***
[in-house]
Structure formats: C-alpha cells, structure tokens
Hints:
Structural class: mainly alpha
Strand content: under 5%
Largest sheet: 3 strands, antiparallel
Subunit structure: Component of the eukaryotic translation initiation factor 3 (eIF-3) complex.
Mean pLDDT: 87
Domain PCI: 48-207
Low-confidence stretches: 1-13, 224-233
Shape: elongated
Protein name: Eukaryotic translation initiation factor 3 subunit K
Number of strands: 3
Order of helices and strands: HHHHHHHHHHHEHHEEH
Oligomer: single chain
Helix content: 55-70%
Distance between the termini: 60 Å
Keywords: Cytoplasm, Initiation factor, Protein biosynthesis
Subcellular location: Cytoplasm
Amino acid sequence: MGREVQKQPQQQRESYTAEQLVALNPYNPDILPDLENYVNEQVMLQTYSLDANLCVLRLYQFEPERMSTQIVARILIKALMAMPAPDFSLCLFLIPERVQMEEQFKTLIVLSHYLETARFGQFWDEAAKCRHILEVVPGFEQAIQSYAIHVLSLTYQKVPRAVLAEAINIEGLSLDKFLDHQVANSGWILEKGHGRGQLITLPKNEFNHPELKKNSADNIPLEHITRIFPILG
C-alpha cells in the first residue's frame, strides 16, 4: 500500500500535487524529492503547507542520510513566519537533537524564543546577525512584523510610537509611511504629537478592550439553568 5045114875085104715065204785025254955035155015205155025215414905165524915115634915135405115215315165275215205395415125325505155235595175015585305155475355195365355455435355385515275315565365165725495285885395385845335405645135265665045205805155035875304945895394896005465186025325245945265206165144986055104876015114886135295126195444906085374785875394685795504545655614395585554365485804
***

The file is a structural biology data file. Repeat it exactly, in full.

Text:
[in-house]
Structure formats: C-alpha cells, structure tokens
Hints:
Structural class: mainly alpha
Strand content: under 5%
Largest sheet: 3 strands, antiparallel
Subunit structure: Component of the eukaryotic translation initiation factor 3 (eIF-3) complex.
Mean pLDDT: 87
Domain PCI: 48-207
Low-confidence stretches: 1-13, 224-233
Shape: elongated
Protein name: Eukaryotic translation initiation factor 3 subunit K
Number of strands: 3
Order of helices and strands: HHHHHHHHHHHEHHEEH
Oligomer: single chain
Helix content: 55-70%
Distance between the termini: 60 Å
Keywords: Cytoplasm, Initiation factor, Protein biosynthesis
Subcellular location: Cytoplasm
Amino acid sequence: MGREVQKQPQQQRESYTAEQLVALNPYNPDILPDLENYVNEQVMLQTYSLDANLCVLRLYQFEPERMSTQIVARILIKALMAMPAPDFSLCLFLIPERVQMEEQFKTLIVLSHYLETARFGQFWDEAAKCRHILEVVPGFEQAIQSYAIHVLSLTYQKVPRAVLAEAINIEGLSLDKFLDHQVANSGWILEKGHGRGQLITLPKNEFNHPELKKNSADNIPLEHITRIFPILG
C-alpha cells in the first residue's frame, strides 16, 4: 500500500500535487524529492503547507542520510513566519537533537524564543546577525512584523510610537509611511504629537478592550439553568 5045114875085104715065204785025254955035155015205155025215414905165524915115634915135405115215315165275215205395415125325505155235595175015585305155475355195365355455435355385515275315565365165725495285885395385845335405645135265665045205805155035875304945895394896005465186025325245945265206165144986055104876015114886135295126195444906085374785875394685795504545655614395585554365485804